The Codon Adaptation Index (CAI) is the most widespread technique for analyzing Codon usage bias. As opposed to other measures of codon usage bias, such as the ‘effective number of codons’ (Nc), which measure deviation from a uniform bias (null hypothesis), CAI measures the deviation of a given protein coding gene sequence with respect to a reference set of genes.
Ideally, the reference set in CAI is composed of highly expressed genes, so that CAI provides an indication of gene expression level under the assumption that there is translational selection to optimize gene sequences according to their expression levels. The rationale for this is dual: highly expressed genes need to compete for resources (i.e. ribosomes) in fast-growing organisms and it makes sense for them to be also more accurately translated. Both hypotheses lead to highly expressed genes using mostly codons for tRNA species that are abundant in the cell.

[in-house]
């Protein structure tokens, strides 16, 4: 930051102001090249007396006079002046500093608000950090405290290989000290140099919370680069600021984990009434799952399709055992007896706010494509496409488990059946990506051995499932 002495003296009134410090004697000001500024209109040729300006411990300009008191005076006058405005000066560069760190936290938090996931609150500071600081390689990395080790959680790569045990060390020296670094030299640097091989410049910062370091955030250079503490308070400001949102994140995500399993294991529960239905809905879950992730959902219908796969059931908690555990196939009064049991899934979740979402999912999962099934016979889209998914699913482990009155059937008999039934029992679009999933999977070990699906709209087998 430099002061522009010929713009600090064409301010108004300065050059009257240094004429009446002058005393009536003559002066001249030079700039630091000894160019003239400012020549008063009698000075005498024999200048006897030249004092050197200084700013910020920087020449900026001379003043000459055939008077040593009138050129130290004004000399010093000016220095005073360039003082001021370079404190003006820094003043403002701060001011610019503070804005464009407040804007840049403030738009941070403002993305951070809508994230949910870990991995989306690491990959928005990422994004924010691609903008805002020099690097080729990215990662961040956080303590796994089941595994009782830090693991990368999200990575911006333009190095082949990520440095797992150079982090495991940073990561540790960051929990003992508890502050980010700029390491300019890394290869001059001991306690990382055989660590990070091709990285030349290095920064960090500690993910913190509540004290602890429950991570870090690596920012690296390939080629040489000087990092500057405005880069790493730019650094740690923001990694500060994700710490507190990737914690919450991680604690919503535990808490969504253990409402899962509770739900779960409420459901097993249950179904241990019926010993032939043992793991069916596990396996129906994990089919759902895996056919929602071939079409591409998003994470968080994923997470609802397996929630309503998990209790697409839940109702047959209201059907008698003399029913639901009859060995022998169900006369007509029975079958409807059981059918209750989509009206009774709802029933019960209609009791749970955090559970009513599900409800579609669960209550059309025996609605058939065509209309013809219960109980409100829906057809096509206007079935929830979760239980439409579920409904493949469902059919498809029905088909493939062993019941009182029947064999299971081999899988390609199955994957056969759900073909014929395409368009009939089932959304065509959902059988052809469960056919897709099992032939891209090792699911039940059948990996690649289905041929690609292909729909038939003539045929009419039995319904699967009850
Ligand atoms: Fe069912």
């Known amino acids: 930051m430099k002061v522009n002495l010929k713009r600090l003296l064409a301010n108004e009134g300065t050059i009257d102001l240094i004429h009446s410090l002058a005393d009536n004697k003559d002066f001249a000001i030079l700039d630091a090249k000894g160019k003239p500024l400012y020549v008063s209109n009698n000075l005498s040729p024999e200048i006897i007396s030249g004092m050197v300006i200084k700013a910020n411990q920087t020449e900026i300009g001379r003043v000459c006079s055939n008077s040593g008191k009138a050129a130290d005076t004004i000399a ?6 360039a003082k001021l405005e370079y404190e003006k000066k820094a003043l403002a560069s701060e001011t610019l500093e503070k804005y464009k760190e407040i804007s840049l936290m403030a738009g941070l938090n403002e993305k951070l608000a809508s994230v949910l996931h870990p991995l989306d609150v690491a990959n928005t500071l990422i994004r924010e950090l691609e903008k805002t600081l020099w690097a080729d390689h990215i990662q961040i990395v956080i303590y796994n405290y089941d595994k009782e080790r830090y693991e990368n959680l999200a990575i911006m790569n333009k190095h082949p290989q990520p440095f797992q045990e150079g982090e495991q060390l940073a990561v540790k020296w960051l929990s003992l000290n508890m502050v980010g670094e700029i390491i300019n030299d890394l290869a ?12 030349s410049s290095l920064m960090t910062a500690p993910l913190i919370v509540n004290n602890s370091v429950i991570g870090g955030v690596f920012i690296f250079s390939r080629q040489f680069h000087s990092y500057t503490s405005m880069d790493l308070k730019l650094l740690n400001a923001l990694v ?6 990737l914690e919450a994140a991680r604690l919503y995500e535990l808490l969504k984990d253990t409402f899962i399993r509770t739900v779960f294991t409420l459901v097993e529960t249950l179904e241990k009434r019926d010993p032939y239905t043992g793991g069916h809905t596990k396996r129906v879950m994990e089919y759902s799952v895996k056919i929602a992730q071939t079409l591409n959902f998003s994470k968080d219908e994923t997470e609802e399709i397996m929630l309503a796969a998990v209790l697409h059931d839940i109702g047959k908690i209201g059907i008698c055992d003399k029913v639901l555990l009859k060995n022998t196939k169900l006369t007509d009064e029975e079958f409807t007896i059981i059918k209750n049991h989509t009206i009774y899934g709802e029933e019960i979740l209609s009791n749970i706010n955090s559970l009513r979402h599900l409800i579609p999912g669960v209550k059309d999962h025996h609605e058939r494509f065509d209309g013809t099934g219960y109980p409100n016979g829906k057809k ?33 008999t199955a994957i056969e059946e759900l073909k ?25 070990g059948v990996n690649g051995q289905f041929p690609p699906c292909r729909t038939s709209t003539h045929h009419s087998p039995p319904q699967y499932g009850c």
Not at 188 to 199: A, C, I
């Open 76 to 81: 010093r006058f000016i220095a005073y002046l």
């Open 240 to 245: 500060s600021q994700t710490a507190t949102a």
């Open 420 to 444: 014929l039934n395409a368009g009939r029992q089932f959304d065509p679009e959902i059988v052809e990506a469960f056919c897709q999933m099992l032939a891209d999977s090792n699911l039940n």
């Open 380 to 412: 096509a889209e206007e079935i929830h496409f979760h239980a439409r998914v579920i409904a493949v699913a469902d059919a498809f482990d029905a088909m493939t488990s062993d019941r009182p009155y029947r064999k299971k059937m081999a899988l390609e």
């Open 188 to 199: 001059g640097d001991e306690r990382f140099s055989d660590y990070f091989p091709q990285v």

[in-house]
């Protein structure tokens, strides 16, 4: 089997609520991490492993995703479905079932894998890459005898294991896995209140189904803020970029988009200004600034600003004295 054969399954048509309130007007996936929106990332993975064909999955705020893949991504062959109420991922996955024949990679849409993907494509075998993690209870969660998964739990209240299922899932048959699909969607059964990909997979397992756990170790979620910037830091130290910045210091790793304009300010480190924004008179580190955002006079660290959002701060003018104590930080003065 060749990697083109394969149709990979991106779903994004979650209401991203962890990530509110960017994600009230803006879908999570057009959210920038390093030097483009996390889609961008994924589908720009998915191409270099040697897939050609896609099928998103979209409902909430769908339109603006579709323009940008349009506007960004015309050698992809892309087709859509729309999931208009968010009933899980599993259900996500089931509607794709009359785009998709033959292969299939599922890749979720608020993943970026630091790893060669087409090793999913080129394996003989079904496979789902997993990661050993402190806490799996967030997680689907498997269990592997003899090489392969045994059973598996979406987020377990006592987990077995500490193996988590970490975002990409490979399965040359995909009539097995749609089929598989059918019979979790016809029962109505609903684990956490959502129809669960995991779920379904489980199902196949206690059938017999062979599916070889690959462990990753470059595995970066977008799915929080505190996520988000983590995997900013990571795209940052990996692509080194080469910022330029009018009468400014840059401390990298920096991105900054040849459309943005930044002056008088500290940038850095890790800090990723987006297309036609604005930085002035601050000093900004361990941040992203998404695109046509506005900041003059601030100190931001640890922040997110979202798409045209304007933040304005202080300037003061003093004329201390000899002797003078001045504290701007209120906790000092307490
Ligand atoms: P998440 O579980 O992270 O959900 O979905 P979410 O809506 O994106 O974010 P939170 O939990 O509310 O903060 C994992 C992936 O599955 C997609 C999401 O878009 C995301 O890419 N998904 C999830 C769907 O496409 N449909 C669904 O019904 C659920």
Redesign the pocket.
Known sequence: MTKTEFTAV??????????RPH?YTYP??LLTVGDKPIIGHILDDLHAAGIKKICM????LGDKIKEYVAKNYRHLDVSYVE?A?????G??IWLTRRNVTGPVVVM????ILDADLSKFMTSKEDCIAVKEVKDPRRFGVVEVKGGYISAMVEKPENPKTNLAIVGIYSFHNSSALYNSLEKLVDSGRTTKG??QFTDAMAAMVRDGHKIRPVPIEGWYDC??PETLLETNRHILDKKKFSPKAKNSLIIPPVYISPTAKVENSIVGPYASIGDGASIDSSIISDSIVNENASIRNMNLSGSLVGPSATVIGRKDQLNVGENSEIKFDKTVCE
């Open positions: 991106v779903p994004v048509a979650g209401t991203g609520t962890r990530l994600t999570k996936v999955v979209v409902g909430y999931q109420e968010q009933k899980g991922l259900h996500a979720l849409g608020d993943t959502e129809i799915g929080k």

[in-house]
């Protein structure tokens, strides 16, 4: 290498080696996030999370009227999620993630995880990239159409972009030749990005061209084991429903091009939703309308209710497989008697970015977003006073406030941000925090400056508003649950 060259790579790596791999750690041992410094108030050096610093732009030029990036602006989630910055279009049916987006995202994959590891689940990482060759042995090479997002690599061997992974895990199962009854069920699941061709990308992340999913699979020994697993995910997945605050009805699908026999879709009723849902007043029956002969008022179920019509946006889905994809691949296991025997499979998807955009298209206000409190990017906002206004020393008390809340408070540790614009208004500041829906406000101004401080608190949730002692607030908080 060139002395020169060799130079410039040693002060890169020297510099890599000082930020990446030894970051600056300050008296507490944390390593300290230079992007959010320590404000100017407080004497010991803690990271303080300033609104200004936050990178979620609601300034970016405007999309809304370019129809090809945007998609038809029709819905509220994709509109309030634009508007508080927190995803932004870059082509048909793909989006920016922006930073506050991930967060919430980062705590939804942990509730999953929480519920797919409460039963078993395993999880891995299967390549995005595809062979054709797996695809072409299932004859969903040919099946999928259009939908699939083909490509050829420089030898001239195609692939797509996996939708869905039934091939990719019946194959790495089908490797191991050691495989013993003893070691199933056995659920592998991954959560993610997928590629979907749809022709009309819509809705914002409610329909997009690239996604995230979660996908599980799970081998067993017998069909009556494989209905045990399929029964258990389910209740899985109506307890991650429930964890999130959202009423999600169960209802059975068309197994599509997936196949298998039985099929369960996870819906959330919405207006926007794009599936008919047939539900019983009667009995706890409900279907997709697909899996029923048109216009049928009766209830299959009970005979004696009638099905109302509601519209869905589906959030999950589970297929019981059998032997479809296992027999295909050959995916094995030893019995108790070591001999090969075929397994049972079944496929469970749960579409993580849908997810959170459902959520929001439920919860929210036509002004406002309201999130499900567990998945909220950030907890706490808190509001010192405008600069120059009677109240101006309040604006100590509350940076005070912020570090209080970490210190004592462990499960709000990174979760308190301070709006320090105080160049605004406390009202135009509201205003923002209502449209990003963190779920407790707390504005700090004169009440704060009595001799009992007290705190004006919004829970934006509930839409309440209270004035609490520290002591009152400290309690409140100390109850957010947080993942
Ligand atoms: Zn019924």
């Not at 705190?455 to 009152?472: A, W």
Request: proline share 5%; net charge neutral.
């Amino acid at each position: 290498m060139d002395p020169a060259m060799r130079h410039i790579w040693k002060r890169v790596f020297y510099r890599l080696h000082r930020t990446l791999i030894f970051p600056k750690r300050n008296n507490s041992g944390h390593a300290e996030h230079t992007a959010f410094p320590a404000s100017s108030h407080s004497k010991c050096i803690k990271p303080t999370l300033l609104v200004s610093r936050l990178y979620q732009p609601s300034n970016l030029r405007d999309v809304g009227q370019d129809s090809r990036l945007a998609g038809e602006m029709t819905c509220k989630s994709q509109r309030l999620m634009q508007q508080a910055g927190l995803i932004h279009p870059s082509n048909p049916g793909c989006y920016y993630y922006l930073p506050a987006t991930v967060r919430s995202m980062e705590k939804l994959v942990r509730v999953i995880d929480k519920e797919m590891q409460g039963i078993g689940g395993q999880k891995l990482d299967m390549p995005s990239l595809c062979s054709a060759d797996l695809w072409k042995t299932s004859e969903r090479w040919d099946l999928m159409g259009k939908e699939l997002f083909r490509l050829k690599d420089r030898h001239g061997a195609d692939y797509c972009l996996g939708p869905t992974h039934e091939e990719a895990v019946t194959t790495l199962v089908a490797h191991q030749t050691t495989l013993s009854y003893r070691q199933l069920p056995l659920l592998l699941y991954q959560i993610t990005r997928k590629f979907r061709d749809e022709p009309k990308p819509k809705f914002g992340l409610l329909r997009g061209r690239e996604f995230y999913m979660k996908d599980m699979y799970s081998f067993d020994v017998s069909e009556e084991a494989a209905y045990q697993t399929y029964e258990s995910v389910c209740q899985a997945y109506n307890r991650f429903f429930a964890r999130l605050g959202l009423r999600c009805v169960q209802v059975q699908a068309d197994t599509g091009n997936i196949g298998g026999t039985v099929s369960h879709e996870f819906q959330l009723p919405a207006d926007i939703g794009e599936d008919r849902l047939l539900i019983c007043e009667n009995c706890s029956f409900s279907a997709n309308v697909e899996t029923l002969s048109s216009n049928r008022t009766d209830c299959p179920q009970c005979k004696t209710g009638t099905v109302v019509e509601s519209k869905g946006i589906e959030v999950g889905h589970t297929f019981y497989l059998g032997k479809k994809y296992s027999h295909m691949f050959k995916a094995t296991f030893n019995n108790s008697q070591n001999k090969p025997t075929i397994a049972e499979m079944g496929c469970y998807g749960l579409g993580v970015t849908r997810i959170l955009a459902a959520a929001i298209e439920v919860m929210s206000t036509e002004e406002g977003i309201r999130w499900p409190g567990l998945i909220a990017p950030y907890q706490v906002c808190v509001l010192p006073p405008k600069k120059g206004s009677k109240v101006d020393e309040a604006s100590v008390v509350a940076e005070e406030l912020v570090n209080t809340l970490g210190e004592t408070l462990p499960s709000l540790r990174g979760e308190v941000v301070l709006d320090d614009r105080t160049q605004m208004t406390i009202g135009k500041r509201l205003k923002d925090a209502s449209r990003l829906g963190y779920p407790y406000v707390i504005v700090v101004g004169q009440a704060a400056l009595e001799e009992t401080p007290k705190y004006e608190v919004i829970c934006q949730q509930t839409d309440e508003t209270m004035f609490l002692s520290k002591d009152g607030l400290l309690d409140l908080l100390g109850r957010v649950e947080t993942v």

CAI is simply defined as the geometric mean of the weight associated to each codon over the length of the gene sequence (measured in codons).
For each amino acid, the weight of each of its codons, in CAI, is computed from the reference sequence set, as the ratio between the observed frequency of the codon fi and the frequency of the most frequent synonymous codon fj for that amino acid.